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Eligibility after a DUI Revocation:  Obtaining Driving Permits and Full Reinstatment

During consultations, some prospective clients are under the impression that they will receive full reinstatement of their drivers license if they wait until their date of reinstatement eligibility.   


The term, “Reinstatement Eligibility,” refers to the first date that a revoked driver is eligible to request full driving privileges at a hearing.  If they have had their Illinois driving privileges revoked by the Secretary of State, they will be required to attend a hearing to obtain a restricted driving permit or reinstatement.  The basis for the revocation will determine if they require a formal or informal hearing.


Five-Year BAIID Permits


For persons with two or three DUI convictions, they will be subject to a five-year BAIID permit, regardless of eligibility, before they are able to request full reinstatement.  The five-year rule does not count DUIs that resulted in supervision or a reduced charge. 


One notable exception to five-year permit is when a revoked driver resides out-of-state.  A revoked driver that resides out-of-state, and is eligible for full reinstatement, may apply to reinstate their license without serving a five-year permit.  However, the applicant must show proof of out-of-state residency to proceed with a hearing and they must license themselves in their home state if they are approved for full reinstatement. 


Hardship Permits


If a revoked driver is not eligible for reinstatement, they may be able to request a hardship permit for specific driving needs if no reasonable alternative means are available.  Hardship permits can be granted for a variety of reasons, such as work, school, community service, family education, daycare and attendance at support group meetings.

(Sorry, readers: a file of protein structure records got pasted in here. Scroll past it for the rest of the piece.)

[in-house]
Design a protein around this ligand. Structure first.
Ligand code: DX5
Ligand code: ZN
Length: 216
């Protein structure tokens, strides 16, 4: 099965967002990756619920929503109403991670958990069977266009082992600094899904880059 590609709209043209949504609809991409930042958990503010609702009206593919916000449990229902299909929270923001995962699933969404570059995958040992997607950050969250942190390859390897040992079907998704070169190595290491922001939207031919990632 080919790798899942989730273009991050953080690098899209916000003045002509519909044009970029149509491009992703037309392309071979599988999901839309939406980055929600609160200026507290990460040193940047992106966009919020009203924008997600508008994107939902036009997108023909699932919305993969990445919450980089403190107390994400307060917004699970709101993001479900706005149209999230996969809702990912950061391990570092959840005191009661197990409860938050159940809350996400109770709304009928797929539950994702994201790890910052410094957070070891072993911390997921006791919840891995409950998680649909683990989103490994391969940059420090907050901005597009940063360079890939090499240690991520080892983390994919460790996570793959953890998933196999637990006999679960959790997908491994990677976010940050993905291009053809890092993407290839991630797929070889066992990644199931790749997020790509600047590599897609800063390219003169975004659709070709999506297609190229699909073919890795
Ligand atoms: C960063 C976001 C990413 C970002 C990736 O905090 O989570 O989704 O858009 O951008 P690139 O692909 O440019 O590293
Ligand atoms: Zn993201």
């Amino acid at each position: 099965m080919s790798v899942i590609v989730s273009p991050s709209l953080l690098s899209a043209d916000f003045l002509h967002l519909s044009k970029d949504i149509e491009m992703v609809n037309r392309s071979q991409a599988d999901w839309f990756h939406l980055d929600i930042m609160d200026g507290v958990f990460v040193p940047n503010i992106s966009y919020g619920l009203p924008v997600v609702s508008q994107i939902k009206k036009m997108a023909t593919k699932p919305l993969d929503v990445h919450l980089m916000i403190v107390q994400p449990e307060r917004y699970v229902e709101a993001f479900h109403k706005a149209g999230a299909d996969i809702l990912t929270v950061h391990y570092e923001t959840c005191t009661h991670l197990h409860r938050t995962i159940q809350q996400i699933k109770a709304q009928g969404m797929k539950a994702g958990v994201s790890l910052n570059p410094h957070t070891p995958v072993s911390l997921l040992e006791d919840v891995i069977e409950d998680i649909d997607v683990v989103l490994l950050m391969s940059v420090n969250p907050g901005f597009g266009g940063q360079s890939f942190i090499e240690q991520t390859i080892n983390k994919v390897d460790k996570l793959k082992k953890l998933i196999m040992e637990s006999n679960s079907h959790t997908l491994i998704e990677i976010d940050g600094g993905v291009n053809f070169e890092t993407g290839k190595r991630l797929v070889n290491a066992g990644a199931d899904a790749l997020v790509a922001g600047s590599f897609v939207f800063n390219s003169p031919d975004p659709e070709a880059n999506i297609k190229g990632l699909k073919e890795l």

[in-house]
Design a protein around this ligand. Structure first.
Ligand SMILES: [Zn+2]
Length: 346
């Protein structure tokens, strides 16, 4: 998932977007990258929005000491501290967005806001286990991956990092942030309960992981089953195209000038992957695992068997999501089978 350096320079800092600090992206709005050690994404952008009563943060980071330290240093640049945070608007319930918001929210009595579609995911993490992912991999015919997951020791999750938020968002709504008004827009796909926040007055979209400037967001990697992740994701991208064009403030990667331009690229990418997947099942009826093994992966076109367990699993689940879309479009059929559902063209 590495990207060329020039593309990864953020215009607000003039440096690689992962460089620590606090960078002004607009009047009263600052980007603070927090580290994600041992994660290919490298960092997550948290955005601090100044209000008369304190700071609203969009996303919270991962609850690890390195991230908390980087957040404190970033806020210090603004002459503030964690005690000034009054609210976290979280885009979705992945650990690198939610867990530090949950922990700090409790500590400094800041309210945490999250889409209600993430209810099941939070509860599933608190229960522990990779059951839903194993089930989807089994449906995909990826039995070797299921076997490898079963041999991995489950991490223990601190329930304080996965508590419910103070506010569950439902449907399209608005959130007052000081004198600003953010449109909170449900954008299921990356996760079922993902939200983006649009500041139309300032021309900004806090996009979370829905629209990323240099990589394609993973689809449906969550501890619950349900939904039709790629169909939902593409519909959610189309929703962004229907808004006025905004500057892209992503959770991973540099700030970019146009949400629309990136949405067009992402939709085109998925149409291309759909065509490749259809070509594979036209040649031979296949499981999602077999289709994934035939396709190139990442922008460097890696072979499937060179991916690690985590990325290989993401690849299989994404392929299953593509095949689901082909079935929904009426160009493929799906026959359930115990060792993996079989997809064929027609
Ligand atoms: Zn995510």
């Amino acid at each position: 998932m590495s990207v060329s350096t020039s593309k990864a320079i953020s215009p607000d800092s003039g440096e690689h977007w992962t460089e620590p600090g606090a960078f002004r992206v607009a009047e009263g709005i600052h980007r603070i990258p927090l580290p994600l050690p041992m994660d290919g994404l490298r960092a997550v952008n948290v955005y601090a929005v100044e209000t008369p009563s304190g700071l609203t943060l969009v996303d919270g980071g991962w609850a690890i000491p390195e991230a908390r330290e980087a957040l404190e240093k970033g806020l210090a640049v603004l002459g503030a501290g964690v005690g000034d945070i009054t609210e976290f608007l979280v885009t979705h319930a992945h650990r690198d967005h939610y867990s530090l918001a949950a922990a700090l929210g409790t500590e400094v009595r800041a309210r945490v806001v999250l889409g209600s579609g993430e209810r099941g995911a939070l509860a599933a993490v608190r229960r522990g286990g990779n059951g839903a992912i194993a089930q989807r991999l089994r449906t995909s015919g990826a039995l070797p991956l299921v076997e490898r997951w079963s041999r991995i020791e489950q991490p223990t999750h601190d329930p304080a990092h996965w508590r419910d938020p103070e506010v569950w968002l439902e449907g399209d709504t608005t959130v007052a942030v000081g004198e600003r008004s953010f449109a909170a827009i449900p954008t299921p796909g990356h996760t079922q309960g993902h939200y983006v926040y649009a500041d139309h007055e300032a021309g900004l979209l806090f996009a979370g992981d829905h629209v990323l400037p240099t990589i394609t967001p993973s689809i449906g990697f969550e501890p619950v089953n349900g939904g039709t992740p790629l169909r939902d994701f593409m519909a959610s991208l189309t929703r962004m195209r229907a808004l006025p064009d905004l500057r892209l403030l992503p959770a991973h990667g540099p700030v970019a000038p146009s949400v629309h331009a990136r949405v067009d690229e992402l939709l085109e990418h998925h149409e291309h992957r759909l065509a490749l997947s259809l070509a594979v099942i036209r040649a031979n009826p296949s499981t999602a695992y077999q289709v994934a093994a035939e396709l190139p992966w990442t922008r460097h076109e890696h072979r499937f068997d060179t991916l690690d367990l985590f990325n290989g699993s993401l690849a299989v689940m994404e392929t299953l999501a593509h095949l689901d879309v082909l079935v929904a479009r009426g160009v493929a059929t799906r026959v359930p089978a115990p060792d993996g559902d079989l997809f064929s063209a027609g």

When applying for a hardship permit at a hearing, a revoked driver must prove, by clear and convincing evidence, that there is no reasonable alternative means of transportation available, that they will not endanger the public safety and welfare, and that an undue hardship will result if they are not issued an RDP.   92 Ill. Adm. Code 1001.420(a)(1). 


Probationary Permits


If a person is eligible for full reinstatement, the Secretary of State can issue a probationary permit even if the revoked driver is eligible for full reinstatement. 


Many revoked drivers believe that if they simply request full reinstatement only, the Secretary of State has to reinstate them.  This is not accurate.  The Secretary of State reserves the discretion to issue a restricted driving permit to applicants who are eligible for reinstatement at the time of their hearing.  92 Ill. Adm. Code 1001.420 (a)(2)


If a person is granted a probationary permit, the applicant should drive on the permit for 75% of its length before requesting full reinstatement of their license.  A probationary permit is typically granted for one year, which means that 75% of the term encompasses a nine-month period of safe driving.  When determining whether an applicant has met their burden of safe driving during a probationary permit, the Secretary of State looks to many factors, including whether they had tickets for moving violations, BAIID violations and/or an accident in which they were at fault during the term of their permit.


Prior to attending a Secretary of State hearing, a revoked driver should consult with an experienced drivers license reinstatement lawyer to determine their eligibility for driving relief and develop a strong strategy for presenting their case at a hearing. 

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Does “Reinstatement Eligibility” mean that I will automatically get my license back on that date?

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